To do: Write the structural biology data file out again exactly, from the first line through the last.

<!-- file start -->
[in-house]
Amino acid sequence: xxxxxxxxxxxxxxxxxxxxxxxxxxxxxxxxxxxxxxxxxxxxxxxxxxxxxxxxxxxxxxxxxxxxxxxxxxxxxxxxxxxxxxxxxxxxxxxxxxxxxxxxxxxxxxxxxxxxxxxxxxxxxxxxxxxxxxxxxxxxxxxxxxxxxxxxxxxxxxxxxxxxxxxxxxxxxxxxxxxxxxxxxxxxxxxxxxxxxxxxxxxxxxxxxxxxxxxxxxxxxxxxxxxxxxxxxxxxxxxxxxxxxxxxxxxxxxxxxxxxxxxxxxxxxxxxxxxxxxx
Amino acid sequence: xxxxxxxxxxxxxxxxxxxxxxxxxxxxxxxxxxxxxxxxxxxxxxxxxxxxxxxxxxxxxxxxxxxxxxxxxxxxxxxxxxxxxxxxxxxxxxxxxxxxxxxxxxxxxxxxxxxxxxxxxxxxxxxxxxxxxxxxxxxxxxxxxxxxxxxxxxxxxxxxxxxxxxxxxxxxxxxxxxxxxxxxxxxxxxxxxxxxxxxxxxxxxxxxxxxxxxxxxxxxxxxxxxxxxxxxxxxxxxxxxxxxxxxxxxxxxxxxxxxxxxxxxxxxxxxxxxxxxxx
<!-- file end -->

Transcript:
[in-house]
Amino acid sequence: xxxxxxxxxxxxxxxxxxxxxxxxxxxxxxxxxxxxxxxxxxxxxxxxxxxxxxxxxxxxxxxxxxxxxxxxxxxxxxxxxxxxxxxxxxxxxxxxxxxxxxxxxxxxxxxxxxxxxxxxxxxxxxxxxxxxxxxxxxxxxxxxxxxxxxxxxxxxxxxxxxxxxxxxxxxxxxxxxxxxxxxxxxxxxxxxxxxxxxxxxxxxxxxxxxxxxxxxxxxxxxxxxxxxxxxxxxxxxxxxxxxxxxxxxxxxxxxxxxxxxxxxxxxxxxxxxxxxxxx
Amino acid sequence: xxxxxxxxxxxxxxxxxxxxxxxxxxxxxxxxxxxxxxxxxxxxxxxxxxxxxxxxxxxxxxxxxxxxxxxxxxxxxxxxxxxxxxxxxxxxxxxxxxxxxxxxxxxxxxxxxxxxxxxxxxxxxxxxxxxxxxxxxxxxxxxxxxxxxxxxxxxxxxxxxxxxxxxxxxxxxxxxxxxxxxxxxxxxxxxxxxxxxxxxxxxxxxxxxxxxxxxxxxxxxxxxxxxxxxxxxxxxxxxxxxxxxxxxxxxxxxxxxxxxxxxxxxxxxxxxxxxxxxx